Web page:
‘Rainbow Six: Seige’ disappoints


Contributed by wikimedia.org

By Chris Mudd, Staff Writer

The “Rainbow Six” franchise of shooters have always set themselves apart in the gaming world as being much more cerebral than the run-and-gun, shoot-em-up games. The newest installment, “Rainbow Six: Siege,” seems to continue that legacy while still making some concessions to modern clichés.

There is a tense energy to the matches unlike any other multiplayer shooter. It only takes a shot or two to kill a player, and the fact that every room is able to be breached by the opposing team at a variety of points leaves little time to feel secure.

What sets “Siege” apart is the tactical side of the game. With such few health points, it forces a team to communicate and work together to stay alive. If everyone works on their own, the match will devolve into a chaotic mess and an almost guaranteed loss.

“Siege” feels like something between “Call of Duty” and “Counter-Strike.” The point system seems mainly cosmetic, with each successful objective or kill being rewarded with a meaningless point value; yet at the same time there’s something about seeing those numbers that just feels good.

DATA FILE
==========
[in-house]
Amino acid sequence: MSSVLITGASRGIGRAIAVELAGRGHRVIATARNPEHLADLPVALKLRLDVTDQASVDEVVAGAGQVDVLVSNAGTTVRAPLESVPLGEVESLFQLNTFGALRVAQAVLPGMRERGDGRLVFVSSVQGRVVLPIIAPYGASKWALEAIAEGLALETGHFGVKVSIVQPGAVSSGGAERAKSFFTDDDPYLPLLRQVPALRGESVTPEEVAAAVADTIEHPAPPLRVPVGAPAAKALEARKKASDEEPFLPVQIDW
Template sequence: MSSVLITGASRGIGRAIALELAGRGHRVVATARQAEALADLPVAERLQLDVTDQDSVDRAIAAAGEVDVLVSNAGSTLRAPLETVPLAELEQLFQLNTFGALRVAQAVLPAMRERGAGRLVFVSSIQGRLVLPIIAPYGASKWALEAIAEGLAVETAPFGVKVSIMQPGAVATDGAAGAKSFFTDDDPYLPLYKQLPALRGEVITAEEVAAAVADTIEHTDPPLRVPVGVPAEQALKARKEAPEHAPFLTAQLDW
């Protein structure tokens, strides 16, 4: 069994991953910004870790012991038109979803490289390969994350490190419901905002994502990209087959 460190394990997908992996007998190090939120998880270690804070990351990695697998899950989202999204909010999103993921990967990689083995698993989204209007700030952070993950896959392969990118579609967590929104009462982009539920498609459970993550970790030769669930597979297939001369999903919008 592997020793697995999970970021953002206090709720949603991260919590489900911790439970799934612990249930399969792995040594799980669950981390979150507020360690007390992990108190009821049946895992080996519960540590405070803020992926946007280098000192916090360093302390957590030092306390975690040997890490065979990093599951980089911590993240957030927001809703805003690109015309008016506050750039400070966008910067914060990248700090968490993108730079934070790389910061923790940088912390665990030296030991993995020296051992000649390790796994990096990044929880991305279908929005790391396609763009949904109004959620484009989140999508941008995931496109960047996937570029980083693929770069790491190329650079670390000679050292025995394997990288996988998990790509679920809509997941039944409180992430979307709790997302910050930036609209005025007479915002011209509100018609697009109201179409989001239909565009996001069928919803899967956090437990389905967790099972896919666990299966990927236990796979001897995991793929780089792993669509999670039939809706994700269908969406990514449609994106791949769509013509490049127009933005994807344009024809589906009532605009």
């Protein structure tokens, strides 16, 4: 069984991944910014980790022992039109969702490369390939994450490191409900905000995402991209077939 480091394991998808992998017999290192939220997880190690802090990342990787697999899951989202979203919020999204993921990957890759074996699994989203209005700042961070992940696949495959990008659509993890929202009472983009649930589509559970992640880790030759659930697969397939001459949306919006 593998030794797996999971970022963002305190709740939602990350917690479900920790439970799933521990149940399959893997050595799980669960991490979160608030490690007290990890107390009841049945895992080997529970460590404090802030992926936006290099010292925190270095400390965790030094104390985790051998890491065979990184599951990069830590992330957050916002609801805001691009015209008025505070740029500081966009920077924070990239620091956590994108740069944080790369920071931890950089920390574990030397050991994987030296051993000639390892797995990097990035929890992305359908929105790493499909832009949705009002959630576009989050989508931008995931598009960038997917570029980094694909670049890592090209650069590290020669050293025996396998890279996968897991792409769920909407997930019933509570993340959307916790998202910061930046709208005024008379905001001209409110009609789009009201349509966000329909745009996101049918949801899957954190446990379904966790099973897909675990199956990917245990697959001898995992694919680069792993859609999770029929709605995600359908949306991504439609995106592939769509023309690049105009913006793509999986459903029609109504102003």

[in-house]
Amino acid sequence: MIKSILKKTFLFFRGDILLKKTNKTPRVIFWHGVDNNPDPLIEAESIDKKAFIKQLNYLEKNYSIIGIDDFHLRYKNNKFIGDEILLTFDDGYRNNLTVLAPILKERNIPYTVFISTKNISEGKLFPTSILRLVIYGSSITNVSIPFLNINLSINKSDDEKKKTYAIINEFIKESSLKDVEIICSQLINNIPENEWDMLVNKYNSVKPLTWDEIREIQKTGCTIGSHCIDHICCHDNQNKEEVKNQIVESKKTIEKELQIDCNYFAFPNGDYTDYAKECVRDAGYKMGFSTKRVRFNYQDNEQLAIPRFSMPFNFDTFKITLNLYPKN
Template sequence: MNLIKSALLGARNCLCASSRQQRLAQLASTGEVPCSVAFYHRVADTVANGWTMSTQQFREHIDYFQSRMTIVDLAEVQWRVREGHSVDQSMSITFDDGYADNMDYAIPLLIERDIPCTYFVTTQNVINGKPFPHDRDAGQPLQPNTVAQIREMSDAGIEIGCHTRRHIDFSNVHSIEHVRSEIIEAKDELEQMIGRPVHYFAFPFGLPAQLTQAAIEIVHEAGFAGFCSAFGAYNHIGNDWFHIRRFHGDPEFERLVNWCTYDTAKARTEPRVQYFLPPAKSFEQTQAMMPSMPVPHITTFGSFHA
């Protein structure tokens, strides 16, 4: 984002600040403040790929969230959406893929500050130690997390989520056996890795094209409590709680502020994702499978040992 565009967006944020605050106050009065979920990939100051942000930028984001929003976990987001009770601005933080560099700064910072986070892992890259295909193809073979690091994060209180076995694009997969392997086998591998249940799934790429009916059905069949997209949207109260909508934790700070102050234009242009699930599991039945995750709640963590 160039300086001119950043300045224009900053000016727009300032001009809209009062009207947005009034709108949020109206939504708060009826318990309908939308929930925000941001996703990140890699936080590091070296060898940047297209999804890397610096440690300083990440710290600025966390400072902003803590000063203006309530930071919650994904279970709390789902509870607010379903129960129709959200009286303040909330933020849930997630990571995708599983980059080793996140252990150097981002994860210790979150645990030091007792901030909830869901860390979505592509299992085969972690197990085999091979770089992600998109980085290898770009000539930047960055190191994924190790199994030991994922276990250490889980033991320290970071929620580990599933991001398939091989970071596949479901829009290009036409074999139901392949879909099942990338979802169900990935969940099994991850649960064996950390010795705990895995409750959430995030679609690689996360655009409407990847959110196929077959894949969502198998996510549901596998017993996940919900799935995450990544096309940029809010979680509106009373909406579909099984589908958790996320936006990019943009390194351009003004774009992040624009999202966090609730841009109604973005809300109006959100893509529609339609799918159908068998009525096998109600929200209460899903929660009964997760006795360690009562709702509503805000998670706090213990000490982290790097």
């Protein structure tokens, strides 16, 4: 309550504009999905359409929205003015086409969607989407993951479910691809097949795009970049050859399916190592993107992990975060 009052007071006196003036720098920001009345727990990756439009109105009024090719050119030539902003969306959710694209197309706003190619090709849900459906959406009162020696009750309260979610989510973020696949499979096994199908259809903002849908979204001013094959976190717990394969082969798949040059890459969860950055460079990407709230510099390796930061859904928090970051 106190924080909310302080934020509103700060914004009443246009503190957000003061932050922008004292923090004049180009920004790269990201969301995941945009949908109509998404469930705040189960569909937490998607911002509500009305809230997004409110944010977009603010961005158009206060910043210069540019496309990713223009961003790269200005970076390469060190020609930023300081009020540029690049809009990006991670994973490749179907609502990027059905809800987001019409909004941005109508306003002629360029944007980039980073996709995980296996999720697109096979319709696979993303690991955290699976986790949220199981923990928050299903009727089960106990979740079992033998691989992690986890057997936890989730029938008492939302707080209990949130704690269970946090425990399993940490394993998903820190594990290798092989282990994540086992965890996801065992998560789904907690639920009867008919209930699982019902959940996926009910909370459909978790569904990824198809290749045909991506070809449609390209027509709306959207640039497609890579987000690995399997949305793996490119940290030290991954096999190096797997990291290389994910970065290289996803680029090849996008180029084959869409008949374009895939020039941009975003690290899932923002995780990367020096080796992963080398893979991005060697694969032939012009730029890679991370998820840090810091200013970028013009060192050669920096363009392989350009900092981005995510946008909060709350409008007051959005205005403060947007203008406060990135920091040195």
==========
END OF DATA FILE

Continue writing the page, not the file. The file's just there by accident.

There are enough game types and maps to fill more than a week’s worth of playing, and each one feels fun and enticing in its own way. With the exception of the “bomb” and “hostage” game types, which essentially force a team to get to a certain point on a map, each match will likely turn into a pseudo-death-match with a team usually winning by wiping out all their opponents.

It’s frustrating to see yet another game that’s built to be played with a group of four other friends. It’s not always possible to gather that many companions to play with. Players should not be punished for not being able to convince other people to join them.

That being said, the beautiful sound and art design of the game are a joy to behold. They do, however, suffer from occasionally lengthy frame-rate drops as the game’s servers attempt to keep up.

The $59.99 price is a little too high for a game with such little single-player playability. It’s clear the meat of the game is in the multiplayer with the single player as an afterthought. Not to mention there is an abundance of micro-transactions that pop up constantly. They have little effect on gameplay and are mainly weapon skins and quick bonuses to your multiplayer rank, but it seems to be an unnecessary and desperate cash grab.

All in all, it seems almost as if “Rainbow Six: Siege” suffers from a lack of confidence. The gameplay is relatively good, but it doesn’t go far enough to set itself apart from the herd to justify the asking price.